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Stocks are having a bit of a hissy fit over higher yields

Traders work on the floor at the New York Stock Exchange.
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Traders work on the floor at the New York Stock Exchange.

Stocks are having a bit of a hissy fit over higher yields. Bond yields were sharply higher in Europe this morning, and midday the U.S. 10-year yield is at 2.18 percent, up 3 basis points, highest since early March.

One factor is oil, which is moving to new highs for the year, along with a recent rise in other commodities like copper and aluminum, all of which is igniting a debate about inflation.

The yield rally seems to have started in Europe, particularly in German bunds, right after the U.S. markets opened.

Yields really began to move up about the time the ISM Services report was released at 10 a.m. ET. It came in at 57.8, above expectations of 56.5, and more importantly the employment component also showed some improvement, suggesting that Friday's nonfarm payroll report may come in on the high side of expectations.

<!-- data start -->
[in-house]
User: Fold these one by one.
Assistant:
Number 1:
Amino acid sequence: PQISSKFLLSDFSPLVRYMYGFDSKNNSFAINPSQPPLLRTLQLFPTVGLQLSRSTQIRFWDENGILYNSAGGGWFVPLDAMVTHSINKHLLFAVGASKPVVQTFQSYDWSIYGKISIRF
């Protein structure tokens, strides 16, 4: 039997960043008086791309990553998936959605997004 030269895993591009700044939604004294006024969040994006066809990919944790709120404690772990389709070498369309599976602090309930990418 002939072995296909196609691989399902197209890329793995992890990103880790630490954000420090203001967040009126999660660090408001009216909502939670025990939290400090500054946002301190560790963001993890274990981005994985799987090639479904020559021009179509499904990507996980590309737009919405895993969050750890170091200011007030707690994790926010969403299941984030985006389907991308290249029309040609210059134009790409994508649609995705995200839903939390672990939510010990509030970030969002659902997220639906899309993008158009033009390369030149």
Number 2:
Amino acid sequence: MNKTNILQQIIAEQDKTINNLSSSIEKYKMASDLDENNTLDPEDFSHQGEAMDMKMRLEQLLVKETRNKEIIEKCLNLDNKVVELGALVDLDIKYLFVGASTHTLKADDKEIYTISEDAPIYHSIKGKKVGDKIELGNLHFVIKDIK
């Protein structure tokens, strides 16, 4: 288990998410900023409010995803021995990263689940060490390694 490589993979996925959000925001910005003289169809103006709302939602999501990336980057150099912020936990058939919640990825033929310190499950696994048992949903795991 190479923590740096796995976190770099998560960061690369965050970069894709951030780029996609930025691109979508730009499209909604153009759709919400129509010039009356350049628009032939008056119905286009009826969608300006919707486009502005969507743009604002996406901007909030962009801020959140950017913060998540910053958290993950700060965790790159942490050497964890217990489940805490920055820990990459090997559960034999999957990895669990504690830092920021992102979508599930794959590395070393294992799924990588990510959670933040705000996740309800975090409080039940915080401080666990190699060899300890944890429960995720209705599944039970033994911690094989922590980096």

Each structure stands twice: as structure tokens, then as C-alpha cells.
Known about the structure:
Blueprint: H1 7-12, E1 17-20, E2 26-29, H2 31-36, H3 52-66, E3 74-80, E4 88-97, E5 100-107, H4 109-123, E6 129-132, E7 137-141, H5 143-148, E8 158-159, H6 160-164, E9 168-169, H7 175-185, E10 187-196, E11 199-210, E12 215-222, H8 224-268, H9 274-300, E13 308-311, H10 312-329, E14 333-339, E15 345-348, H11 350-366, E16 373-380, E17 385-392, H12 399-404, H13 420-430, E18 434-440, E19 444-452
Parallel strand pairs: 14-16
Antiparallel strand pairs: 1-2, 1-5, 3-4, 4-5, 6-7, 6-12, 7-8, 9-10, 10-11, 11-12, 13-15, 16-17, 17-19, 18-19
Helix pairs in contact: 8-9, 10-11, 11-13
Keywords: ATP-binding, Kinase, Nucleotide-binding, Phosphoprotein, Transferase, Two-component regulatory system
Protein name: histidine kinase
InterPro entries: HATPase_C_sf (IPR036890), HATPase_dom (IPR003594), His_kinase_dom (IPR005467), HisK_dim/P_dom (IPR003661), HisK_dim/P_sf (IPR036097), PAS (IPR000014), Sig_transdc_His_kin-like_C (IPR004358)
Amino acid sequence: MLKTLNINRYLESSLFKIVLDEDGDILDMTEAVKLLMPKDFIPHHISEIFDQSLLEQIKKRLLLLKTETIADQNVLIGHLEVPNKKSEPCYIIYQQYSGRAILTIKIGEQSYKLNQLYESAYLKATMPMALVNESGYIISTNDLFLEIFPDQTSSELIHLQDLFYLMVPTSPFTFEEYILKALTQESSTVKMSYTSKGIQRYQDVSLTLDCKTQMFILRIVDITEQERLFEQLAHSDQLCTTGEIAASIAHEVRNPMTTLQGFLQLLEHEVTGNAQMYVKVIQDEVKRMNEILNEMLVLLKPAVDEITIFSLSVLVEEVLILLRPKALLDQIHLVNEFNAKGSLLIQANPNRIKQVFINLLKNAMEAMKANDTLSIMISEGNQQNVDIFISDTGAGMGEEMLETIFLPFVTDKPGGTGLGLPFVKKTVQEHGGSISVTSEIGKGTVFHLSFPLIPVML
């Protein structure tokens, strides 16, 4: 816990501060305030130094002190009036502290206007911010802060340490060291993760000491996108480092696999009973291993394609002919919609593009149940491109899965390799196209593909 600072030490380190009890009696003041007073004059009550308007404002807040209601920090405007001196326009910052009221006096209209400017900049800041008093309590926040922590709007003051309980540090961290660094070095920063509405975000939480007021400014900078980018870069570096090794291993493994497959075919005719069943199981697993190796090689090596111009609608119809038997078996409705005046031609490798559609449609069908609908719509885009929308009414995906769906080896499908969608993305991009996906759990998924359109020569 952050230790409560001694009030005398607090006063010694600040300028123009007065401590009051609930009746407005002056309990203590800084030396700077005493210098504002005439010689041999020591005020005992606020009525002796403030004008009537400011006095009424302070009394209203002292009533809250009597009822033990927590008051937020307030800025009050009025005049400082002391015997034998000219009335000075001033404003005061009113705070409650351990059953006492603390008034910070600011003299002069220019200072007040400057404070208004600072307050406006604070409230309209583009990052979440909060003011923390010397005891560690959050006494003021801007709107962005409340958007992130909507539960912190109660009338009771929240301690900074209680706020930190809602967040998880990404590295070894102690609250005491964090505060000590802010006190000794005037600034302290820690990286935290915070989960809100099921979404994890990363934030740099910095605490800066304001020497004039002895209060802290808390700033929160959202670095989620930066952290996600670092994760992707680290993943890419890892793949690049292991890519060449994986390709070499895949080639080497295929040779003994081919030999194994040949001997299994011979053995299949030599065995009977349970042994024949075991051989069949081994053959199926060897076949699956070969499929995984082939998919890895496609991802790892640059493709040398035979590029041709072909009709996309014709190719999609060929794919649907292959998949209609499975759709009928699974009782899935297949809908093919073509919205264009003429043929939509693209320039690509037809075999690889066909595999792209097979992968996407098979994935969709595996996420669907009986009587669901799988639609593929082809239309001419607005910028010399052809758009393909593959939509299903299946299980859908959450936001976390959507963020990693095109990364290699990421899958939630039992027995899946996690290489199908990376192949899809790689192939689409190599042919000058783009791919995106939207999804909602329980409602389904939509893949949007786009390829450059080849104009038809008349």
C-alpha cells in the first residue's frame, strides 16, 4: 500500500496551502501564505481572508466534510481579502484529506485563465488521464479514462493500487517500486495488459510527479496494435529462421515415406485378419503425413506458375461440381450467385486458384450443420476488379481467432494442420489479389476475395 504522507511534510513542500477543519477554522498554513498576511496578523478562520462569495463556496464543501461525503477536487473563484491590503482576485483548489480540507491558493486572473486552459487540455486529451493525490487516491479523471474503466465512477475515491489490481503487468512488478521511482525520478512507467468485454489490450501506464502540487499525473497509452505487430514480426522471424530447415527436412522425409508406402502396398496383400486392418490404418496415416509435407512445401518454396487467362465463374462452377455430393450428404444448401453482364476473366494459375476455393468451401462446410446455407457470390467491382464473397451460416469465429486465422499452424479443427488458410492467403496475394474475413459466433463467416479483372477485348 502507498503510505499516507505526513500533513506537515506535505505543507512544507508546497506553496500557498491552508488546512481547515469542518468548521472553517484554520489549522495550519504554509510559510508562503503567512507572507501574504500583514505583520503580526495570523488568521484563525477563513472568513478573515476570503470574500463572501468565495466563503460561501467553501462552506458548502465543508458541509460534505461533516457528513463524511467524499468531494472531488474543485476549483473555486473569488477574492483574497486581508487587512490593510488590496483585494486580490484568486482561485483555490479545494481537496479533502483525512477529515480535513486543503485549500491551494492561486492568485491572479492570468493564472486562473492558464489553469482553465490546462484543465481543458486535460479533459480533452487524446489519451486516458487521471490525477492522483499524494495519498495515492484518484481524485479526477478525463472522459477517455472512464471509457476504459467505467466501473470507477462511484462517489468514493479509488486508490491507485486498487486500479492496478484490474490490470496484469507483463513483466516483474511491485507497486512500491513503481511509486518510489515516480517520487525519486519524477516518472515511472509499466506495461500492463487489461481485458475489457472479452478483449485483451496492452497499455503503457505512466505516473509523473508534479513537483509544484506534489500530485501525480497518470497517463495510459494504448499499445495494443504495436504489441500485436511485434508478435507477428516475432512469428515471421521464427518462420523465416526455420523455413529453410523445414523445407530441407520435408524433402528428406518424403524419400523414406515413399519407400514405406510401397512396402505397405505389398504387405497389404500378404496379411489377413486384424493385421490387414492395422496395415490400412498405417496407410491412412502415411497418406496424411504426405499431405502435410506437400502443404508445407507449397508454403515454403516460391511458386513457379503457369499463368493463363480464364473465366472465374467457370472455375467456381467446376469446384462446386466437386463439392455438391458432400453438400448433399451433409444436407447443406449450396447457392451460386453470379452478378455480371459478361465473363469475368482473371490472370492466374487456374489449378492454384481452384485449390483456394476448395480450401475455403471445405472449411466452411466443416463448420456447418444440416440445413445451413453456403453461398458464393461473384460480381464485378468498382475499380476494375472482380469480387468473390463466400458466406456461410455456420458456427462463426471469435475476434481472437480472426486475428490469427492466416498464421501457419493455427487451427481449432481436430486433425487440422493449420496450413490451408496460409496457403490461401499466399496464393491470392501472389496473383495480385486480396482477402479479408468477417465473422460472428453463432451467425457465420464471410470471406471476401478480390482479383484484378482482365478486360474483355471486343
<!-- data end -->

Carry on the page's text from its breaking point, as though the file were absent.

Interest-rate sensitive sectors like REITs, Utilities and Home Builders have been under pressure all morning, down roughly 2 percent.

Several ETFs have seen heavy volume including the Russell 2000 ETF, which makes sense since small-cap stocks are more interest-rate sensitive than large caps.

Treasury ETFs are also seeing heavy volume right across the spectrum: Treasurys, corporate bonds and High Yield.

With the long end of the curve backing up, some banks have been moving up. JP Morgan, for example, is at a 15-year high.

What's all this mean? There's no doubt that some bond traders have been stopped out of their positions in European bonds; German bunds, for example, have gone from 16 basis points to 52 basis points in just the last few days.

For the moment, let's just keep to it to a hissy fit. However, if we see a strong move up in nonfarm payrolls for April—particularly with a revision for the weak March numbers—and commodities continue to rally, then the bond selloff may have some real legs.


  • Bob Pisani

    A CNBC reporter since 1990, Bob Pisani covers Wall Street from the floor of the New York Stock Exchange.

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